When our eldest son was born in 2011, my father generously transferred one share of BMO into our son’s name and we began his first DRIP. A few years later our son qualified for the disability tax credit here in Canada. However, I decided not to start a Registered Disability Savings Plan (RDSP) and instead continue with his DRIP.
It’s not that the RDSP is a bad program. There are just a few hangups I do not wish to deal with. For starters, after a few years you need to re-qualify for the disability tax credit and if you fail to re-qualify it can cause a (excuse my language) shit-storm in the RDSP. Unlike other registered accounts like an RRSP and TFSA, the RDSP is not self-directed. There are few funds to choose from and the management expense ratios tend to be high. As well, in our case we had therapy and other medical expenses that needed to be covered in the short term. It should be noted, the RDSP cannot be used immediately, but is meant to be a long term savings vehicle once your child no longer qualifies for any “under age 21” programs.
The DRIP we started when our son was born was the right fit for us. There were no annual fees since it was managed through a transfer agency (Computershare) and since all the dividends were reinvested I didn’t really care about receiving the added government top-ups. A big plus was that the money could be used at any moment. The DRIP had already grown to a sizeable amount by the time we used a portion of it to pay for therapy.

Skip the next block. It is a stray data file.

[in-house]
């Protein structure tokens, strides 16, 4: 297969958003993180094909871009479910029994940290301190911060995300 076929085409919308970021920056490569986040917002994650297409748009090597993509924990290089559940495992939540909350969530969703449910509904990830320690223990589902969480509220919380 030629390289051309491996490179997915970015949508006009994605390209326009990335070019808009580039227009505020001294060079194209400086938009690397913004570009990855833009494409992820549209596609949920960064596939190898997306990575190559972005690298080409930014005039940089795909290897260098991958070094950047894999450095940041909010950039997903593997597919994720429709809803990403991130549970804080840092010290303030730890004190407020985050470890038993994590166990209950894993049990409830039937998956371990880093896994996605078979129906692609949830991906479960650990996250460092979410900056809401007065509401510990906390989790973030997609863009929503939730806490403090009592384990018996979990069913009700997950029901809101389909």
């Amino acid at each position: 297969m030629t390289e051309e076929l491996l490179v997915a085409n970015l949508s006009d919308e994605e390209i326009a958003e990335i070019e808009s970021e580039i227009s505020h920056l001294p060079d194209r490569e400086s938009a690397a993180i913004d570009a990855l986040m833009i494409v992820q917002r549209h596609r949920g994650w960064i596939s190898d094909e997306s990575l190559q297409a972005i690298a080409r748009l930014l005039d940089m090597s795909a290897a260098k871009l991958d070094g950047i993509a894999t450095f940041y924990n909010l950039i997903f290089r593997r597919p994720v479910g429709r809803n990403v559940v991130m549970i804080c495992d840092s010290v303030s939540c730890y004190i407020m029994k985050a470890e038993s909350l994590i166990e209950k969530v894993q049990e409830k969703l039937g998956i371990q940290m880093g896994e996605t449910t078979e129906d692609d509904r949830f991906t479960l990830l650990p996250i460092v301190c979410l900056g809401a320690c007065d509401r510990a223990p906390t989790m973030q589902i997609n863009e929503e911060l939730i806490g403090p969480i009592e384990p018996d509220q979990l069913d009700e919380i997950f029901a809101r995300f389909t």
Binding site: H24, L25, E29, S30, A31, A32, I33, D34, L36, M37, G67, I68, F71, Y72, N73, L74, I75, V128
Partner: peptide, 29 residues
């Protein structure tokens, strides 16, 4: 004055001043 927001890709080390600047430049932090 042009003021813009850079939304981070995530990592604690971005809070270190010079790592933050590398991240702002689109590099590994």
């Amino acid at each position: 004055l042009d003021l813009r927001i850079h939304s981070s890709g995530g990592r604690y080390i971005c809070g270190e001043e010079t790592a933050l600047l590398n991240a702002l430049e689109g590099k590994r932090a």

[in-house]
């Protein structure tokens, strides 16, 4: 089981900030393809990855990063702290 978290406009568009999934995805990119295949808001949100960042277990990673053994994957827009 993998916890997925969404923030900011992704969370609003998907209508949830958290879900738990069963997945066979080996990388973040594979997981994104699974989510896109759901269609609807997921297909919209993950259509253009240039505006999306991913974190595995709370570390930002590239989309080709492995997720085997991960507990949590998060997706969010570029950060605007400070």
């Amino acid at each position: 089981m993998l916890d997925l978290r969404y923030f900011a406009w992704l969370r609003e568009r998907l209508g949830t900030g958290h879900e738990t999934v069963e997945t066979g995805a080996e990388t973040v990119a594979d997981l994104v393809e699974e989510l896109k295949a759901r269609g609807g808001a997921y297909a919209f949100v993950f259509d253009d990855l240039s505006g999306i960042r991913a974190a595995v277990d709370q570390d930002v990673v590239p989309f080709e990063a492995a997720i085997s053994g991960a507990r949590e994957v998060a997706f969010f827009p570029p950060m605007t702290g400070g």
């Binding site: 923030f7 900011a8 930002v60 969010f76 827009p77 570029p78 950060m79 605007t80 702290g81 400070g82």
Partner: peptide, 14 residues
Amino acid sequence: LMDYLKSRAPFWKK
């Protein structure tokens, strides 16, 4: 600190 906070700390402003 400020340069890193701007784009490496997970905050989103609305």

One aspect I do not see talked about very much, is that some DRIPS are a good savings vehicle for those earning lower incomes. We were able to invest small sums of money into our son’s DRIP. Sometimes, just $10 or $20 dollars at a time and other times nothing at all. We weren’t hit with large inactivity fees or required to invest a substantially high minimum. The small amounts we invested was enough to get the ball rolling.
The flexibility of a DRIP was the winning feature for me. Should our son ever gain enough skills to start a business or go on to post-secondary education, the DRIP is there. It can replace an Registered Education Savings Plan (RESP), a small business loan or the dividends can act a supplement to his income.
DRIP vs RDSP, in the end the DRIP was the right choice for us.